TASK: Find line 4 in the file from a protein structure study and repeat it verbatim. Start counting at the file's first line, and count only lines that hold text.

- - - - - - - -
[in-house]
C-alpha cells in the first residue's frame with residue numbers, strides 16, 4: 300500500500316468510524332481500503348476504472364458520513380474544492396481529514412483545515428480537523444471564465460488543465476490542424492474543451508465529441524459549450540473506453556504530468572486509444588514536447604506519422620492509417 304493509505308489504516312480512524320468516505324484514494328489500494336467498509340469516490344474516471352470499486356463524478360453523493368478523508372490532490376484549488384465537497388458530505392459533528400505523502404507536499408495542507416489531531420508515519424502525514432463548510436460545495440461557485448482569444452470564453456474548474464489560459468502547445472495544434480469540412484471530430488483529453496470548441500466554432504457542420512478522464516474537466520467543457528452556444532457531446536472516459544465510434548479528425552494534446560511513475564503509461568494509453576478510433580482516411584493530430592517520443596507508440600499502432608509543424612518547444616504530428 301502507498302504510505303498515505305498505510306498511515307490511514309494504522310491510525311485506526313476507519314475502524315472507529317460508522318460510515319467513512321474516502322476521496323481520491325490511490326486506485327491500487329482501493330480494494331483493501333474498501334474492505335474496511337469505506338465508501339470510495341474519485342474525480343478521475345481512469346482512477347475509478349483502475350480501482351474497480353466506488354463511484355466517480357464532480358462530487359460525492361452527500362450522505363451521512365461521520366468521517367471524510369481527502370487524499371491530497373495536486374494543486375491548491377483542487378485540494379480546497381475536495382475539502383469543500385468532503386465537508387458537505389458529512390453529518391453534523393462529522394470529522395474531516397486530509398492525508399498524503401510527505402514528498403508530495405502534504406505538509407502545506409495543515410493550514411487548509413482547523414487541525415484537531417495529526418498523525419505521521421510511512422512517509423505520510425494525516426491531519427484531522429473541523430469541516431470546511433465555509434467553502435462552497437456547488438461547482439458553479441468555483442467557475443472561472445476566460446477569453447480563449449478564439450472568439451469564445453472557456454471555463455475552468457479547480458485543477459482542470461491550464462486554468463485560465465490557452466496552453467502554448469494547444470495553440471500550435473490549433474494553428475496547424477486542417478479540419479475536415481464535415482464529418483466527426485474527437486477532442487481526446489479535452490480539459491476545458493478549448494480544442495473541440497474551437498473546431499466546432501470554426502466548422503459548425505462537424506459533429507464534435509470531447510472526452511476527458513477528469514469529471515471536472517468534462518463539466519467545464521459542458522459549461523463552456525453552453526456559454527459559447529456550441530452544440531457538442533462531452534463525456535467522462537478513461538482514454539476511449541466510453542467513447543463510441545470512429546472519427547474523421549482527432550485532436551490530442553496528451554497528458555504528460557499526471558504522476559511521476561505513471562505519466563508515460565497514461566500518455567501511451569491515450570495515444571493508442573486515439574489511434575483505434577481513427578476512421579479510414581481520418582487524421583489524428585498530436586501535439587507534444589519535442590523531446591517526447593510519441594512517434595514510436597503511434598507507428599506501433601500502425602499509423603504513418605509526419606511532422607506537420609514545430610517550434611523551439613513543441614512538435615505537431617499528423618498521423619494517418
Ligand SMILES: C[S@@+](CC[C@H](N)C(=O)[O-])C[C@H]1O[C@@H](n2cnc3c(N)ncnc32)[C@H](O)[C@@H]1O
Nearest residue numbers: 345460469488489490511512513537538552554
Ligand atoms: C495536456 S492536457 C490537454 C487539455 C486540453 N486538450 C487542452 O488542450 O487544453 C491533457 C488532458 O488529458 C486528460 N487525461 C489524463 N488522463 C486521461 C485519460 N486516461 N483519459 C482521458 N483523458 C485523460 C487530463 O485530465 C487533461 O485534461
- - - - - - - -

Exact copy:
Nearest residue numbers: 345460469488489490511512513537538552554